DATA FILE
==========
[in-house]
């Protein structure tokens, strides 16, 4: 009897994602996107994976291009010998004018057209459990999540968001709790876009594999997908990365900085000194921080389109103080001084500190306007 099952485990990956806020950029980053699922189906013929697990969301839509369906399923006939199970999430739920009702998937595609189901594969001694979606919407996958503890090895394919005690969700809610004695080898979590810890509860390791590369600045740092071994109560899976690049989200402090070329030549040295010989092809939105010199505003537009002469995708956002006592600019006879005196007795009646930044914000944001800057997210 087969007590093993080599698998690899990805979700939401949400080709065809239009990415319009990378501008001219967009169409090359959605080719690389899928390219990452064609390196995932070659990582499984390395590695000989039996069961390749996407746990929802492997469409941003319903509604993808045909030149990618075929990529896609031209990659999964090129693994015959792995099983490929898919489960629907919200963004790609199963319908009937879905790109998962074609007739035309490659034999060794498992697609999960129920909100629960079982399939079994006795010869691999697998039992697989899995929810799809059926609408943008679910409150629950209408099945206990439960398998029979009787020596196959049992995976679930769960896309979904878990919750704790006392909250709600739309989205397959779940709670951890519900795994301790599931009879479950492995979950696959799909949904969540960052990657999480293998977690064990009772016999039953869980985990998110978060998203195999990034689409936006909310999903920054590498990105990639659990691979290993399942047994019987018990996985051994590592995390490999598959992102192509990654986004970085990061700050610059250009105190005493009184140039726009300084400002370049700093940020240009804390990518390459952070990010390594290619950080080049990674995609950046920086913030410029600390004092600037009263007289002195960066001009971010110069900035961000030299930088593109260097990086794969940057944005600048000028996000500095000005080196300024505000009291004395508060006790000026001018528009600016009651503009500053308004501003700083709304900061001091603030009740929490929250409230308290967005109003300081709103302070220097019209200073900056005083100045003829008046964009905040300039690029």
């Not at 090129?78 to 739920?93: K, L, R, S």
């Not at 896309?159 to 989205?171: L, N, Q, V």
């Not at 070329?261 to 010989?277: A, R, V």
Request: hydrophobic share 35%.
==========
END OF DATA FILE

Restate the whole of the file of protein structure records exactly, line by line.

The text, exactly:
[in-house]
């Protein structure tokens, strides 16, 4: 009897994602996107994976291009010998004018057209459990999540968001709790876009594999997908990365900085000194921080389109103080001084500190306007 099952485990990956806020950029980053699922189906013929697990969301839509369906399923006939199970999430739920009702998937595609189901594969001694979606919407996958503890090895394919005690969700809610004695080898979590810890509860390791590369600045740092071994109560899976690049989200402090070329030549040295010989092809939105010199505003537009002469995708956002006592600019006879005196007795009646930044914000944001800057997210 087969007590093993080599698998690899990805979700939401949400080709065809239009990415319009990378501008001219967009169409090359959605080719690389899928390219990452064609390196995932070659990582499984390395590695000989039996069961390749996407746990929802492997469409941003319903509604993808045909030149990618075929990529896609031209990659999964090129693994015959792995099983490929898919489960629907919200963004790609199963319908009937879905790109998962074609007739035309490659034999060794498992697609999960129920909100629960079982399939079994006795010869691999697998039992697989899995929810799809059926609408943008679910409150629950209408099945206990439960398998029979009787020596196959049992995976679930769960896309979904878990919750704790006392909250709600739309989205397959779940709670951890519900795994301790599931009879479950492995979950696959799909949904969540960052990657999480293998977690064990009772016999039953869980985990998110978060998203195999990034689409936006909310999903920054590498990105990639659990691979290993399942047994019987018990996985051994590592995390490999598959992102192509990654986004970085990061700050610059250009105190005493009184140039726009300084400002370049700093940020240009804390990518390459952070990010390594290619950080080049990674995609950046920086913030410029600390004092600037009263007289002195960066001009971010110069900035961000030299930088593109260097990086794969940057944005600048000028996000500095000005080196300024505000009291004395508060006790000026001018528009600016009651503009500053308004501003700083709304900061001091603030009740929490929250409230308290967005109003300081709103302070220097019209200073900056005083100045003829008046964009905040300039690029």
């Not at 090129?78 to 739920?93: K, L, R, S």
């Not at 896309?159 to 989205?171: L, N, Q, V």
């Not at 070329?261 to 010989?277: A, R, V």
Request: hydrophobic share 35%.